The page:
Gilead CEO Dan O’Day has brokered his way to a PD-1 and lined up a front row seat in the TIGIT arena, inking a deal worth close to $2 billion to align the big biotech closely with Terry Rosen’s Arcus. And $375 million of that comes upfront, with cash for the buy-in plus equity, along with $400 million for R&D and $1.22 billion in reserve to cover opt-in payments and milestones..

Hotly rumored for weeks, the 2 players have formalized a 10-year alliance that starts with rights to the PD-1, zimberelimab. O’Day also has first dibs on TIGIT and 2 other leading programs, agreeing to an opt-in fee ranging from $200 million to $275 million on each. There’s $500 million in potential TIGIT milestones on US regulatory events — likely capped by an approval — if Gilead partners on it and the stars align on the data. And there’s another $150 million opt-in payments for the rest of the Arcus pipeline.

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Roger Perlmutter, Merck R&D chief (YouTube)

UP­DAT­ED: Backed by BAR­DA, Mer­ck jumps in­to Covid-19: buy­ing out a vac­cine, part­ner­ing on an­oth­er and adding an­tivi­ral to the mix

Merck execs are making a triple play in a sudden leap into the R&D campaign against Covid-19. And they have more BARDA cash backing them up on the move.

Tuesday morning the pharma giant simultaneously announced plans to buy an Austrian biotech that has been working on a preclinical vaccine candidate, added a collaboration on another vaccine with the nonprofit IAVI and inked a deal with Ridgeback Biotherapeutics on an early-stage antiviral.

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Bryan Roberts, Venrock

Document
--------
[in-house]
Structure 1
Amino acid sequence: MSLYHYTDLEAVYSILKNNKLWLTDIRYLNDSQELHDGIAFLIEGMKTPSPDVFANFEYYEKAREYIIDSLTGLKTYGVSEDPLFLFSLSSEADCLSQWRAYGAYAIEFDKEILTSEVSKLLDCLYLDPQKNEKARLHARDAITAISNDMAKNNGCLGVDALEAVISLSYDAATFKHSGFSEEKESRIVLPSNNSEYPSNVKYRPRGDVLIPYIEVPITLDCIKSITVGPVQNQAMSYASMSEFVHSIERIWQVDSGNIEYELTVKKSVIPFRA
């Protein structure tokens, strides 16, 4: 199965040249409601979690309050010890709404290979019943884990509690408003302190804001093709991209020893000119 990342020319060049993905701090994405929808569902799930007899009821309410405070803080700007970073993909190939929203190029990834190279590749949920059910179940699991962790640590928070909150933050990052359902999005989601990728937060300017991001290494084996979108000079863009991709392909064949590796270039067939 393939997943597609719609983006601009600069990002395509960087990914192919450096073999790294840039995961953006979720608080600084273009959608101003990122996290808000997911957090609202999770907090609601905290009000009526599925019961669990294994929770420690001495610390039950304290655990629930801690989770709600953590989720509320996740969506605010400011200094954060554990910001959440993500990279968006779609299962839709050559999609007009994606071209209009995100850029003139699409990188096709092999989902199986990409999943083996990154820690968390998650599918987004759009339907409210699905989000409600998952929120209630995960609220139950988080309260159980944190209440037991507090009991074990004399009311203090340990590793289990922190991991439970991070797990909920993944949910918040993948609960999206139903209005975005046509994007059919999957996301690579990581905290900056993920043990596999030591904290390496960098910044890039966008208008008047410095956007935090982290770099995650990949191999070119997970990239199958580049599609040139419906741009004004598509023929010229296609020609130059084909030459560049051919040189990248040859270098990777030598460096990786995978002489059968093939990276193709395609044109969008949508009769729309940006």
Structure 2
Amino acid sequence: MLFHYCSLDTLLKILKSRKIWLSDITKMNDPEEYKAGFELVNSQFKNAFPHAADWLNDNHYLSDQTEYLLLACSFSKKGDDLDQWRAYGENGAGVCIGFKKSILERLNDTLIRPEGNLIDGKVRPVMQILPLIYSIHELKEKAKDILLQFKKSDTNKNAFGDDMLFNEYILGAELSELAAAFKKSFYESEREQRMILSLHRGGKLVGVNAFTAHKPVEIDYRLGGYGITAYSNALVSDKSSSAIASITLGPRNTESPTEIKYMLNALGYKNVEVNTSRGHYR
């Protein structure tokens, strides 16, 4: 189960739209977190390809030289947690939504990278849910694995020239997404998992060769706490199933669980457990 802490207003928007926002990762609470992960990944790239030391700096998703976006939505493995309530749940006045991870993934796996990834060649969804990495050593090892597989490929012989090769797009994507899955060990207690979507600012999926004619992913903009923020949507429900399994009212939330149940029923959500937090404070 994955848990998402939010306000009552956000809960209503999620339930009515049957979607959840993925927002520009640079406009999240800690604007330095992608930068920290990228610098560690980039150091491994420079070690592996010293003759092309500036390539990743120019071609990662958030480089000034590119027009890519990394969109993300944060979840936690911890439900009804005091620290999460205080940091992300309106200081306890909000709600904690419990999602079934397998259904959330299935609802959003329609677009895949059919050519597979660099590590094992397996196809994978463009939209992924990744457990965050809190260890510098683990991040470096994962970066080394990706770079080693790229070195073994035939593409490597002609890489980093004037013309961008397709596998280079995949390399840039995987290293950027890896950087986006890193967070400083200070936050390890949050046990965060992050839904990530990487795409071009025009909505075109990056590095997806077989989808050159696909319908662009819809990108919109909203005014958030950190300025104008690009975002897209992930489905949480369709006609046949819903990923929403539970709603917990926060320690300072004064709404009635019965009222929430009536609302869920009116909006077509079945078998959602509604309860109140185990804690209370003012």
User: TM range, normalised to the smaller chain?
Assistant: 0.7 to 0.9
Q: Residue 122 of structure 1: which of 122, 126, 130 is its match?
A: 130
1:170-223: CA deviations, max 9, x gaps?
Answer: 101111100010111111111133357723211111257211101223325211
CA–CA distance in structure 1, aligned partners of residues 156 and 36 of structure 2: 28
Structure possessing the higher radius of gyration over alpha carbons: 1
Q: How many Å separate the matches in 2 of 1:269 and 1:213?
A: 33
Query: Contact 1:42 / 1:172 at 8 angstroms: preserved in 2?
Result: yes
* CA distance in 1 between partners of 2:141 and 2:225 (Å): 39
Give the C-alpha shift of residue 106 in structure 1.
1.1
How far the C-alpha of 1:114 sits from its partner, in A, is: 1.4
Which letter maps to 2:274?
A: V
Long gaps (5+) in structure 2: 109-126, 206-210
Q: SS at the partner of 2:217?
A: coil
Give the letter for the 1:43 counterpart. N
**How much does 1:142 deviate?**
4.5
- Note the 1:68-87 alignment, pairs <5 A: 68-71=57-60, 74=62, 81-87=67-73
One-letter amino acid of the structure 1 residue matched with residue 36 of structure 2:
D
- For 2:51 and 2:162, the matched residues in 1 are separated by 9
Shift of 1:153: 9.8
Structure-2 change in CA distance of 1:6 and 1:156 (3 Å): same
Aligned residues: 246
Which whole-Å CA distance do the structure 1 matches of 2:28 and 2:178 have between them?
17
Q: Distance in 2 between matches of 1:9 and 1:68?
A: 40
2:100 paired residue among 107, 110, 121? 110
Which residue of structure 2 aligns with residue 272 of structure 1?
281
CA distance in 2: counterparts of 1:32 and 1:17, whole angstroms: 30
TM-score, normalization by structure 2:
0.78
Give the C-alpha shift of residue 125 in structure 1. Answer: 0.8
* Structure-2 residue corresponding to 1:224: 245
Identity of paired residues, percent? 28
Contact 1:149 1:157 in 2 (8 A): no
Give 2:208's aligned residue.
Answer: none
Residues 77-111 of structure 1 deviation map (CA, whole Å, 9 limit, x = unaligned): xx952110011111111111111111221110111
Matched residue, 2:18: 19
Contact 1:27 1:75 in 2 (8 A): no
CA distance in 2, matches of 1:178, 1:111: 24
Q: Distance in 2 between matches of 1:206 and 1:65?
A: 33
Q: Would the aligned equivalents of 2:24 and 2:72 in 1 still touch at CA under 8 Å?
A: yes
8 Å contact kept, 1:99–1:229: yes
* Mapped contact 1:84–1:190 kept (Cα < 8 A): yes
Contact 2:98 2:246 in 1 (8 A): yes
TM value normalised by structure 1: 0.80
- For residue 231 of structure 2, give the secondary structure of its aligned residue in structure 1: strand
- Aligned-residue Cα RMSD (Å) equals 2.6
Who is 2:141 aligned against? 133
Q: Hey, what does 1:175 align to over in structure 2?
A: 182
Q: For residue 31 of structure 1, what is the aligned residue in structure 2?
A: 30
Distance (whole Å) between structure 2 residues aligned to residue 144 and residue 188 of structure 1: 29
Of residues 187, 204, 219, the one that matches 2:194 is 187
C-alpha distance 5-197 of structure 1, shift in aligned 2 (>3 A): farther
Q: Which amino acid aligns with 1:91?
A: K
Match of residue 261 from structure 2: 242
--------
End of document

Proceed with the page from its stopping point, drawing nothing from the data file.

Ven­rock sur­vey shows grow­ing recog­ni­tion of coro­n­avirus toll, wan­ing con­fi­dence in ar­rival of vac­cines and treat­ments

When Venrock partner Bryan Roberts went to check the results from their annual survey of healthcare leaders, what he found was an imprint of the pandemic’s slow arrival in America.

The venture firm had sent their form out to hundreds of insurance and health tech executives, investors, officials and academics on February 24 and gave them two weeks to fill it out. No Americans had died at that point but the coronavirus had become enough of a global crisis that they included two questions about the virus, including “Total U.S. deaths in 2020 from the novel coronavirus will be:”.

David Hoey (Vaxxas)

In for the long vac­cine game, Mer­ck buys in­to patch de­liv­ery tech with pan­dem­ic po­ten­tial

When Merck dived into the R&D fray for a Covid-19 vaccine earlier this week, execs made it clear that they’re not necessarily looking to be first — with CEO Ken Frazier throwing cold water on the hotly-discussed 12- to 18-month timelines. But when it does emerge from behind, the pharma giant clearly expects to play a significant part.

Part of that will depend on next-generation delivery technology that reshapes the world’s imagination of a vaccine.